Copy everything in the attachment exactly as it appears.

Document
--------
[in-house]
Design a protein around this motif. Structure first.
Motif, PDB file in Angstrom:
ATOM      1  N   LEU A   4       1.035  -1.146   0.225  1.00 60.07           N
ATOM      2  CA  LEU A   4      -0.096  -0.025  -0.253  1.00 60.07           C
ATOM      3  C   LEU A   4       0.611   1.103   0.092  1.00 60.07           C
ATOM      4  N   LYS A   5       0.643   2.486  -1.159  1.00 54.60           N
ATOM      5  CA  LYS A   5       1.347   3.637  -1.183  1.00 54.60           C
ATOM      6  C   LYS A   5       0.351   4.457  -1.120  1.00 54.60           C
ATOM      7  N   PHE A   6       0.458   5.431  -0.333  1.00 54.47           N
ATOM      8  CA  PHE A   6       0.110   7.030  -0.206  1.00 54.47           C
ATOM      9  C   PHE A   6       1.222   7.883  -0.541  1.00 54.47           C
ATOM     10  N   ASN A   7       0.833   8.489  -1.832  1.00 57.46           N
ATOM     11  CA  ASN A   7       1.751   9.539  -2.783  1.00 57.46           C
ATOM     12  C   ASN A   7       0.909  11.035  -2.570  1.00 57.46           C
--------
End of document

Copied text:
[in-house]
Design a protein around this motif. Structure first.
Motif, PDB file in Angstrom:
ATOM      1  N   LEU A   4       1.035  -1.146   0.225  1.00 60.07           N
ATOM      2  CA  LEU A   4      -0.096  -0.025  -0.253  1.00 60.07           C
ATOM      3  C   LEU A   4       0.611   1.103   0.092  1.00 60.07           C
ATOM      4  N   LYS A   5       0.643   2.486  -1.159  1.00 54.60           N
ATOM      5  CA  LYS A   5       1.347   3.637  -1.183  1.00 54.60           C
ATOM      6  C   LYS A   5       0.351   4.457  -1.120  1.00 54.60           C
ATOM      7  N   PHE A   6       0.458   5.431  -0.333  1.00 54.47           N
ATOM      8  CA  PHE A   6       0.110   7.030  -0.206  1.00 54.47           C
ATOM      9  C   PHE A   6       1.222   7.883  -0.541  1.00 54.47           C
ATOM     10  N   ASN A   7       0.833   8.489  -1.832  1.00 57.46           N
ATOM     11  CA  ASN A   7       1.751   9.539  -2.783  1.00 57.46           C
ATOM     12  C   ASN A   7       0.909  11.035  -2.570  1.00 57.46           C